A quick introduction to Prometheus. Metrics on Kubernetes with grok exporter - Part 1

21 Aug 2019  Michal Fabjanski  3 mins read.

Prometheus is one of the most popular open-source systems for monitoring and alerting. Very often it is used to collect data from microservices in Kubernetes. In this series you will learn the main blocks of Prometheus: metrics and labels, push and pull information exchange. You will learn how to use Prometheus without changing the application code. We will generate metrics based on logs (in our case, performance logs).

Prometheus metrics and labels

Metrics are the main concept of Prometheus. Instrumented applications expose them by HTTP endpoint or JMX. Prometheus “scrapes” and stores them in the time-series database. This means that it works very well in a distributed, cloud-native environment. All of the services are unburdened by a load on the monitoring system. Metric is an identifier of data collected by Prometheus. The metric specifies the general feature of a system that is measured - for example http_requests_total - the total number of HTTP requests received. Labels can be added to each data point to specify which service this counter applies to:

Imagine a request counter that looks like this:


There are many spring-app instances in the cluster so we should add another label - instance:

http_requests_total{service="spring-app", instance="spring-app-1"}

We can add many other labels that accurately describe the request (HTTP method, endpoint, response HTTP status). Metrics with good labels are key to the best use of Prometheus.

Metrics types


It is the most popular metric type. Counter is an incremental value or zero (after initialization/restart). It is most often used to measure the number of requests, errors.


Gauge is the incremental/decremental value that changes over time. It is used for memory or CPU usage statistics.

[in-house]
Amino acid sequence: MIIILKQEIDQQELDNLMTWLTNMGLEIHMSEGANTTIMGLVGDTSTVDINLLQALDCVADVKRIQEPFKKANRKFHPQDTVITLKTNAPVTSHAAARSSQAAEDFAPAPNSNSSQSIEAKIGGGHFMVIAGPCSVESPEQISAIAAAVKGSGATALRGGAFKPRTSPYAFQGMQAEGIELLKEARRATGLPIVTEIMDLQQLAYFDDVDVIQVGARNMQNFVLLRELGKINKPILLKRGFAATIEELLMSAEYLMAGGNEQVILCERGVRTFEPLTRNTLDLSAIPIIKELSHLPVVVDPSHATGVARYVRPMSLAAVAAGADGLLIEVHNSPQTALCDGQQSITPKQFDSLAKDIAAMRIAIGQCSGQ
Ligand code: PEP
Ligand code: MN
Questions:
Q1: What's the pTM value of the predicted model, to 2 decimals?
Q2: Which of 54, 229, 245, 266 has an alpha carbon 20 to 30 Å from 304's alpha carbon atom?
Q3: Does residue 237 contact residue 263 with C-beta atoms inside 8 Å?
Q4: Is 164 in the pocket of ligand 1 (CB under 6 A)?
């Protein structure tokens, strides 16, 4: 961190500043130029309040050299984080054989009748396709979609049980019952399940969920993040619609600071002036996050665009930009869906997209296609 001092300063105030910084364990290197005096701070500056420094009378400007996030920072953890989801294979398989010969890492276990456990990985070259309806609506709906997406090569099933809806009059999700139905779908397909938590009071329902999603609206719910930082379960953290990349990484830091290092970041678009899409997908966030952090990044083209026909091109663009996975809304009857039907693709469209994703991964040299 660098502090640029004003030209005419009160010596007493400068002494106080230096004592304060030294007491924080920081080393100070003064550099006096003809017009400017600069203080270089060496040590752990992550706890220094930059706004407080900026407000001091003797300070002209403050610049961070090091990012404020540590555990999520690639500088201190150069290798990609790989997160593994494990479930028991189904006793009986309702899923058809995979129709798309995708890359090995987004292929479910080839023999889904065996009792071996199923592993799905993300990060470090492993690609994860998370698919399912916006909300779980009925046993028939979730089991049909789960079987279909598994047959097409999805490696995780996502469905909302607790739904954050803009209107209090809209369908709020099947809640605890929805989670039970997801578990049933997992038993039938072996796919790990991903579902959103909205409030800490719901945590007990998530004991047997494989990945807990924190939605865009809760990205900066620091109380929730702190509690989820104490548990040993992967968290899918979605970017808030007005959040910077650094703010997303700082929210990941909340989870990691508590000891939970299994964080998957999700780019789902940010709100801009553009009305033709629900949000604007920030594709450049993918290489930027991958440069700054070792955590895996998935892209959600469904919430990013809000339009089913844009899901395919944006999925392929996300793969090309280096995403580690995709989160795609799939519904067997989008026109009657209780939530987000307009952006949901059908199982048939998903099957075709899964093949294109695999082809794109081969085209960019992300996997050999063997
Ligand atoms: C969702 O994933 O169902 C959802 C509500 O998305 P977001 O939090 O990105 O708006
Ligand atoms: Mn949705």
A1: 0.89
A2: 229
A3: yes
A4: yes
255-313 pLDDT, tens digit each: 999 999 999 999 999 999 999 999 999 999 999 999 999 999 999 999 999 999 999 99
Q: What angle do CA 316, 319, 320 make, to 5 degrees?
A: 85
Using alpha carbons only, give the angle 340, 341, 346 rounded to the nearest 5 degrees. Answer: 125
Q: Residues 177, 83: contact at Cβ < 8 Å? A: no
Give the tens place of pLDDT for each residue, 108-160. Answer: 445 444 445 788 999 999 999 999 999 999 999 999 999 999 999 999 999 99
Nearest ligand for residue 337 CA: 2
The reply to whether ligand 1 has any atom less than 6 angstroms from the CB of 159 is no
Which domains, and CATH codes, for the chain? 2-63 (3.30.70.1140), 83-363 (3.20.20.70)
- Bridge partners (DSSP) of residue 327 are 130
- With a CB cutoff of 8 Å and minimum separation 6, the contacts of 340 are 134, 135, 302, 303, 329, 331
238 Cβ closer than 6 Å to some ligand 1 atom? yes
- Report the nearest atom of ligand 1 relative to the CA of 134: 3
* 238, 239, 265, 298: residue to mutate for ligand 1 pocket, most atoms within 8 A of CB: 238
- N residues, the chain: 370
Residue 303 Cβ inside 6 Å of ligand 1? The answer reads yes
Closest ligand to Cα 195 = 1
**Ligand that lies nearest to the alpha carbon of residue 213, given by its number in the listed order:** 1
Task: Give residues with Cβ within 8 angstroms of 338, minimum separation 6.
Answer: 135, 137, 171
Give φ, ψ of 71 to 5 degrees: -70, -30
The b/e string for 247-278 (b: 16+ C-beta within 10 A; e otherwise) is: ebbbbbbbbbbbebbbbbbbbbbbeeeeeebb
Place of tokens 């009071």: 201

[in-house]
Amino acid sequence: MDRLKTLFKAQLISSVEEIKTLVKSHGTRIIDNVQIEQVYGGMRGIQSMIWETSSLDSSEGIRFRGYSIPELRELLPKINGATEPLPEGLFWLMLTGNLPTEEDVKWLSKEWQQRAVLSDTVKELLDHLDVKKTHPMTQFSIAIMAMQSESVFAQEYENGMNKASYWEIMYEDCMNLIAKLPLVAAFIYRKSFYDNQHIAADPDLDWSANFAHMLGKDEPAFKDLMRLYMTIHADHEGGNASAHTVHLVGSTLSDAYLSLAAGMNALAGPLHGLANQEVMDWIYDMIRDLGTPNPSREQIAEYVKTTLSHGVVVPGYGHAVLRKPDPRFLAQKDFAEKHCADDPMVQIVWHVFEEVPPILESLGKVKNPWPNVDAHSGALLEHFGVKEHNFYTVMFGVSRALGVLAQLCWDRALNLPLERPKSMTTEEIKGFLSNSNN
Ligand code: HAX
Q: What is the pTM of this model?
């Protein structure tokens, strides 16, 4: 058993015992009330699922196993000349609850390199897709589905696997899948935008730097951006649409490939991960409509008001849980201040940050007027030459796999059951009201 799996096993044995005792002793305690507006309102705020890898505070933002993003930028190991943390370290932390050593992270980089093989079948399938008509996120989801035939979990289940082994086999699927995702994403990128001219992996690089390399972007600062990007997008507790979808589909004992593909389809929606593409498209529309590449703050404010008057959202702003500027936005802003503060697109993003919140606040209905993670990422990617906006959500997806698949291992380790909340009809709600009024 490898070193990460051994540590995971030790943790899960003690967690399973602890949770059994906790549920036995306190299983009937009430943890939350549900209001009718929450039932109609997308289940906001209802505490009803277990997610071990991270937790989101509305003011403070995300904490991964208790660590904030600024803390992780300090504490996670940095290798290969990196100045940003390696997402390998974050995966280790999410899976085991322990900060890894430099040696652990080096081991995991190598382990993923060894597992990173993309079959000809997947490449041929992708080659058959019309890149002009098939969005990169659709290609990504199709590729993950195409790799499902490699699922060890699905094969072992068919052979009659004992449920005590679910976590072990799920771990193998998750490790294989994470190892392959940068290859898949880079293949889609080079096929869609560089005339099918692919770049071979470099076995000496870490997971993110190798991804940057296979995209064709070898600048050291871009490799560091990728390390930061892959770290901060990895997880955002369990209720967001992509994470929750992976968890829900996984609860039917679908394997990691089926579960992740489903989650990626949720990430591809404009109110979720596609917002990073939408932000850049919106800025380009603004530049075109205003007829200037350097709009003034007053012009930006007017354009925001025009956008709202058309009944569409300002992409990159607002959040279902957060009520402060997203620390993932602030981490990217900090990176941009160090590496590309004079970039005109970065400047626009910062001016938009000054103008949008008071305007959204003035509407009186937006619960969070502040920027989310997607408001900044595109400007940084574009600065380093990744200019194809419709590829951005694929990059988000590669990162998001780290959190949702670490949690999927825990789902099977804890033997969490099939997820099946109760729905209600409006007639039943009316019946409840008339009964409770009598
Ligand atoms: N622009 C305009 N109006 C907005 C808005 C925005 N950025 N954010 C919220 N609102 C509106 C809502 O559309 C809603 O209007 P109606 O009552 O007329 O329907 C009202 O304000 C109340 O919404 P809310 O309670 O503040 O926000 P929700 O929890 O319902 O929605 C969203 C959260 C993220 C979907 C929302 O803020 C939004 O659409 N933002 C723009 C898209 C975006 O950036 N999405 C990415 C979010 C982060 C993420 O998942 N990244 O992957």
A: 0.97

Metrics such as response time are most commonly monitored using histograms. Before starting measurements, we must first define the possible ranges of results. In the case of measuring the response time, it can be: below one second, between 1 second and 2 seconds, between 2 and 10 and above 10. Then we assign the observed value to the matching range.


The Summary type works very much like a histogram, but it is slightly more extensive, e.g. it stores information about the total number of observations.,

Push and Pull Prometheus model

The monitoring system based on Prometheus can collect metrics in two main ways: push or pull models.


In push model applications are active and they are responsible for sending collected records to Prometheus via Pushgateway. This model works best for gathering information, e.g. with test results, or other cyclical tasks that can be performed irregularly and for a longer period.


In this model, the application is passive and only prepares its metrics in the form of an endpoint. Prometheus decides when to download them. This approach is recommended by application developers and should be used in most cases.

Exposing and scraping metrics

Most languages have an implementation of Prometheus client with functionalities for:

  • Getting metrics for the language (JVM metrics, GC metrics, Go metrics)

  • Possibility to registry custom metrics

  • HTTP handler to create and expose metrics on the /metrics endpoint

    Prometheus scrapes each target regularly (the frequency of meter reading is set by scrape interval property)

Exporting metrics using side-cars containers

Sometimes it is impossible to instrument application at the code level. In this case, the best solution is to use exporters as side-car containers. The most popular are Node exporter and Grok exporter which can read system metrics (CPU, memory…) and expose them for Prometheus.


You’ve read the basics of Prometheus. You should have a better understanding of what Prometheus is and how it works. You will need this knowledge in the next post. I will show you how to use Grok exporter to instrument Java application based on application logs.